RIGE developing new research core facilities to support innovation at the UO

RIGE Research Core Facilities (RRCFs) are organized to support the research and innovation activities of University of Oregon faculty, staff and students in a manner that comports with federal, state and university policies. For over a year, RIGE has been working to formalize and systematize the organization and operation of extant research core facilities, and provide a mechanism for the development of new core facilities.

The process of reviewing policies at other universities, incorporating federal and state regulatory directives and considering the UO context for such facilities has yielded a draft Guidance for RIGE Research Core Facilities document. The report recognizes that faculty research success is often dependent on access to specialized facilities that provide access to a particular type of research capacity, (e.g., equipment, material, data acquisition, data analysis, consultation or expertise, and/or other service). The document also recognizes that graduate students take advantage of access to these tools and capacities by receiving specific training in their use and application, in conducting projects both independently and with their faculty mentors, and in pursuing later job opportunities. Additionally, small and large business entities, in many business sectors in Oregon and across the country, look to the UO to provide access to cutting edge equipment and expertise to expand capacity, to build synergies and partnerships with faculty, and to reduce their investment burden.

For a number of reasons (outlined below), it is not feasible for high tech research tools and equipment or expertise to be devoted to a single user or project:

  1. First, the cost typically outstrips a single faculty start-up package, research grant or industry contract.
  2. Second, accessing and applying the equipment to specific research problems requires specialized expertise that many users do not possess.
  3. Finally, technology is advancing so rapidly, systematic, coordinated efforts need to be made in an ongoing manner to assure continued university access to the most modern equipment and expertise.

Research Core Facilities provide services for a fee to multiple researchers and groups and are governed by federal, state and university service center policies. In some cases, their business model includes external, fee-paying clients

The Center for Advanced Materials Characterization in Oregon (CAMCOR) pioneered this approach as the first research core facility of its kind at the University of Oregon, providing cutting edge physical science tools and expertise to internal faculty/staff/student and external entity users to enable outstanding research and innovation.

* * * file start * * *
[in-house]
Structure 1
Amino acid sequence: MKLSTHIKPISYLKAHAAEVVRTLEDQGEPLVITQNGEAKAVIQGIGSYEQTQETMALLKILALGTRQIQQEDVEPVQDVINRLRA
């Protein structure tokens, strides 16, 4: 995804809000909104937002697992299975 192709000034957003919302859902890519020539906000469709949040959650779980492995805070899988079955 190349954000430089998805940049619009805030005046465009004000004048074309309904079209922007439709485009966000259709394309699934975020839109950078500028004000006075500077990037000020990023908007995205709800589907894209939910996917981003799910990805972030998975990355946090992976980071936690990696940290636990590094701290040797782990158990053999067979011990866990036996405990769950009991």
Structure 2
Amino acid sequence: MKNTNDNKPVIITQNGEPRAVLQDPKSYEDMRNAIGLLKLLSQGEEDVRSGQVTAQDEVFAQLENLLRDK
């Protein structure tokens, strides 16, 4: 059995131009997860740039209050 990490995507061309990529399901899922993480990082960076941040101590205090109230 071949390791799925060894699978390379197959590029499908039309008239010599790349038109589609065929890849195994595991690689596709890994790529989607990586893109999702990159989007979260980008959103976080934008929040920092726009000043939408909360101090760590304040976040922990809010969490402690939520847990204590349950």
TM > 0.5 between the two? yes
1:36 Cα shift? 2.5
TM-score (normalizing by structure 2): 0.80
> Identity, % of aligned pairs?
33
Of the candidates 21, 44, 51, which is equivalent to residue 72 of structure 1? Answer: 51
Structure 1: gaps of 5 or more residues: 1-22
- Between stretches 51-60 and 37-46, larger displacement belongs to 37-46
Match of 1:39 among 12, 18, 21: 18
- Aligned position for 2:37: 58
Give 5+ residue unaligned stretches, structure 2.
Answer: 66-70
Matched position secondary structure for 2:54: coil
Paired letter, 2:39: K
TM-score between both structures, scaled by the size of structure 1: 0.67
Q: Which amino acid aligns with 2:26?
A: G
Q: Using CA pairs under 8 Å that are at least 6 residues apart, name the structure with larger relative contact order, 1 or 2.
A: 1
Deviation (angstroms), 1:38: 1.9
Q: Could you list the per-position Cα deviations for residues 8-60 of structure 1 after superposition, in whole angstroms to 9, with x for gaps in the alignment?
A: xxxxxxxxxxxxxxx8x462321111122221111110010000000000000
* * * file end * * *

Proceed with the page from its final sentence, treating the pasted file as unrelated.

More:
Other examples of research core facilities include:

The Research Core Facility organizational structure is a known as a competitive advantage for successfully obtaining large scale instrumentation and center grants. In recognition of the widespread user need for access to research core facilities in many disciplines that span across the campus, RIGE, in partnership with units, has initiated an effort to enhance the support for, and systematic organization of, these specialized core research facilities. The purpose of the guidelines document is to provide guidance that sets out the common structure for the RIGE Research Core Facilities and states the shared expectations of the various stakeholders involved in their use, operation, and management, to advance excellence in research, innovation and graduate education.

The process for developing such guidance, which is still ongoing includes RIGE staff meeting with individuals and groups including but not limited to the Research Advisory Board, the facility staff members, the facility directors, user groups and administrators in the VPFA office who are responsibility for the university’s overall service center policy, under which core research facilities fall.  The document is drafted to consider the UO’s rich institutional culture, adopt practices from successful models at other institutions and to conform to federal, state and university regulation and policy.  The process of finalizing the guidance framework and implementation of processes and procedures will continue in 2014.